Spanish minister to mediate in TV rights dispute

Spain's secretary of state for sport, Miguel Cardenal, will attend an emergency meeting of first and second division clubs on Tuesday to try to help resolve a dispute over TV rights and other issues that threatens to delay the start of the season.

"Miguel Cardenal... will take part tomorrow in the assembly of the professional football league (LFP)," his office said on their official Twitter feed.

Thirteen first division clubs have said they will postpone the season opening this weekend unless broadcasters Canal+ and Mediapro, who are fighting over rights ownership, put aside their differences.

Athletic Bilbao, Atletico Madrid, Real Betis, Celta Vigo, Espanyol, Getafe, Granada, Real Mallorca, Osasuna, Rayo Vallecano, Real Sociedad, Sevilla and Real Zaragoza have also made several other demands, including for a "transparent and regulated" system for fixing kick-off times.

They are unhappy with the LFP management and have accused officials of helping some clubs with favourable times that disadvantage others.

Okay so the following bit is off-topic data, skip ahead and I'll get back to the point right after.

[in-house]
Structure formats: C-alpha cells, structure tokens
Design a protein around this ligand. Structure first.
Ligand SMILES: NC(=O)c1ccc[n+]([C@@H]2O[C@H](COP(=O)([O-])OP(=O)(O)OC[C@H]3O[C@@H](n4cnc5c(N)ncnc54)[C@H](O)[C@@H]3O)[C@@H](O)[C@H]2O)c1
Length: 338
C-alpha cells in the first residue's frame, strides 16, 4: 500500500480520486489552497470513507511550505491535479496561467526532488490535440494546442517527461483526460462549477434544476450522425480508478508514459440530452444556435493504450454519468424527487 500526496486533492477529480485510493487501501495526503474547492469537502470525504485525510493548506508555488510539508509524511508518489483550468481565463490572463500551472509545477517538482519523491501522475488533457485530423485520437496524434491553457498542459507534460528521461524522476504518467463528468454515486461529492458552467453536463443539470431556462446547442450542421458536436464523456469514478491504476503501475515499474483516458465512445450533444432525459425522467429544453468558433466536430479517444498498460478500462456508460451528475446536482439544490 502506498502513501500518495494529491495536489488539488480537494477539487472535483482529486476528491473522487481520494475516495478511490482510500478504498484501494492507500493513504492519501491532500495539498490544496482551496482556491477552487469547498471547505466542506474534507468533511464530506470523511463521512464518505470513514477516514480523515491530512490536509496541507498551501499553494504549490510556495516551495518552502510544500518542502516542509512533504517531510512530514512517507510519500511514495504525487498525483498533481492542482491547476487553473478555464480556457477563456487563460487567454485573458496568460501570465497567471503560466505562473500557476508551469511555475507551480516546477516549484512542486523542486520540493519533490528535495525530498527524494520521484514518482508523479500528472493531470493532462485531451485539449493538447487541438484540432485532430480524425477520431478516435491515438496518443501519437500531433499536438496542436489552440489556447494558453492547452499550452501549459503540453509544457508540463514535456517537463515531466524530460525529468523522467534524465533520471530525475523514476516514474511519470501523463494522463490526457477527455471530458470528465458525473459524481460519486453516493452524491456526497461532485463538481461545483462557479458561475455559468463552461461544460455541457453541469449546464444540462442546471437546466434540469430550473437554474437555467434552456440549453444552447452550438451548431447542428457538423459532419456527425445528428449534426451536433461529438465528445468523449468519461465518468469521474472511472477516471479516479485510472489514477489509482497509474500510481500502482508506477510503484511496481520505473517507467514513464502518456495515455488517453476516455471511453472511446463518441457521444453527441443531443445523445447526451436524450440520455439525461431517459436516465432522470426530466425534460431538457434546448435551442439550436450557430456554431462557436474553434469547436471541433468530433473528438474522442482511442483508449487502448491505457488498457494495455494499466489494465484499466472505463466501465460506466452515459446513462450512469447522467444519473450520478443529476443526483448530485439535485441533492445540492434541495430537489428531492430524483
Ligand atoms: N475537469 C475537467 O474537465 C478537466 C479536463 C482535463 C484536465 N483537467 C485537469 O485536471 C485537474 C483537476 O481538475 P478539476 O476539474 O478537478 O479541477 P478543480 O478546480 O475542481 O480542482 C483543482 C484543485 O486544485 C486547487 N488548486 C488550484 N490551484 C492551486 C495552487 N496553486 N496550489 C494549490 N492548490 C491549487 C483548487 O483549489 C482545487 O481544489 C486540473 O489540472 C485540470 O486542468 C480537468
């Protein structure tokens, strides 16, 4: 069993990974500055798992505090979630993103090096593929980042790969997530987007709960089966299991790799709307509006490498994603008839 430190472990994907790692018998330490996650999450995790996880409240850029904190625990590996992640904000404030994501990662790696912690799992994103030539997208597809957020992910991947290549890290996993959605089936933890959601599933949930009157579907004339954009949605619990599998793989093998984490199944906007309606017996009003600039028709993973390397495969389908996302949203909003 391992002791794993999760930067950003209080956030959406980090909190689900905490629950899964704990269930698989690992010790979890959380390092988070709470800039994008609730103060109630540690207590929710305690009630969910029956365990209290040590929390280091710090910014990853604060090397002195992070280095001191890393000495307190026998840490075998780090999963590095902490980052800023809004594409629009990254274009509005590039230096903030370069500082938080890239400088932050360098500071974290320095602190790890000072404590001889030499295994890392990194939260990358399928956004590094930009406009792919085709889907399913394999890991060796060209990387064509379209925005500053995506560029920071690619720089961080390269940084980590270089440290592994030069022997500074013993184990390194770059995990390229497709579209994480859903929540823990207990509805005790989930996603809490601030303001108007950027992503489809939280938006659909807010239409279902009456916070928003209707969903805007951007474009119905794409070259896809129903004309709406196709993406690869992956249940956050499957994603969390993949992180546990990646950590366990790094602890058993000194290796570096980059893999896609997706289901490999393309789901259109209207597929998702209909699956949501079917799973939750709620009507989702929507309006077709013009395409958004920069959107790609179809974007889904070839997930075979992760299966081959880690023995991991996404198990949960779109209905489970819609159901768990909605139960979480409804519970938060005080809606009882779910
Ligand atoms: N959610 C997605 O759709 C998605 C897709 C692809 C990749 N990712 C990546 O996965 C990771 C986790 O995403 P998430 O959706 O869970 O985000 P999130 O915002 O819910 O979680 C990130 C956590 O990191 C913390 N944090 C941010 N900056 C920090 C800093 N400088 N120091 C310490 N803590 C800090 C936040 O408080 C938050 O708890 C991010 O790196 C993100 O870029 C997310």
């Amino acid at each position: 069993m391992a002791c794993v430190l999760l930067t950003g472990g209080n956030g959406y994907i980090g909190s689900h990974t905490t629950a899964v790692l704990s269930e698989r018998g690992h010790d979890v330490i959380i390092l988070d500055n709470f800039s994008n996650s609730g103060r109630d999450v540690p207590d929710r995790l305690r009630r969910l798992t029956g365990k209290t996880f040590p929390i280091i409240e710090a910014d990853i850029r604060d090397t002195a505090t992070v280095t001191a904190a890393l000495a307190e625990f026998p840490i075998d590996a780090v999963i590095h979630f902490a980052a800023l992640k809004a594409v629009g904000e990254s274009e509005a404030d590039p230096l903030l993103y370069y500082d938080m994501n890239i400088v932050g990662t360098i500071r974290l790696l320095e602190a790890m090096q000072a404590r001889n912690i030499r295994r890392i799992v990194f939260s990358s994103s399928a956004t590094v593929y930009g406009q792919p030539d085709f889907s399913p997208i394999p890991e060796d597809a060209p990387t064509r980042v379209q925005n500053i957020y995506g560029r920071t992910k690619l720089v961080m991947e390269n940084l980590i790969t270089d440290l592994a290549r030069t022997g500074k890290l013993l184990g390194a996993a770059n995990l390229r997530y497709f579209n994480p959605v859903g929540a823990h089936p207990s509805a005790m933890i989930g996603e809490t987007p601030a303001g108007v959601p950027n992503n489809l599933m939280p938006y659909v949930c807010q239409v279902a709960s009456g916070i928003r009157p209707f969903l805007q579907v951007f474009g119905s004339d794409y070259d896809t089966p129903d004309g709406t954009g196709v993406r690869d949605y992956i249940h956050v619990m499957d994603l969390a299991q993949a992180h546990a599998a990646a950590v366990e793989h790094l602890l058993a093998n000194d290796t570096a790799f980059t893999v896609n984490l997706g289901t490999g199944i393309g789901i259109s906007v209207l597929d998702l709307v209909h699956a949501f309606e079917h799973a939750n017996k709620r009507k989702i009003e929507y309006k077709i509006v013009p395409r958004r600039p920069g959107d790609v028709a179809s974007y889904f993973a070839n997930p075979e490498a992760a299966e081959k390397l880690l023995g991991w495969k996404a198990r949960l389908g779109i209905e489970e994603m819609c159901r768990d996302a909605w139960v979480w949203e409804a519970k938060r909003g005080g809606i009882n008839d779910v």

Sevilla president Jose Maria del Nido said on Monday the Andalusian club would not be represented at the meeting because the group of 13 had wanted only the first division sides to attend and not the second division ones.

He added, however, that he did not think the first weekend of La Liga action was under threat, although he warned some clubs were still considering delaying the season opening.

"The president and the vice president of the LFP have convened a general assembly we did not request so Sevilla will not take part," Del Nido told a news conference presenting new signing Alberto Botia.

The 13 clubs, who may be joined by one or two more, would issue a statement outlining their position, Del Nido added.

"I don't think the start of La Liga is in danger although some of those clubs are proposing that it doesn't begin on Saturday," he said.

Many Spanish clubs are also unhappy with the way Real Madrid and Barcelona dominate revenue from audiovisual rights due to the lack of a system of collective bargaining and income sharing like those used in rival European leagues.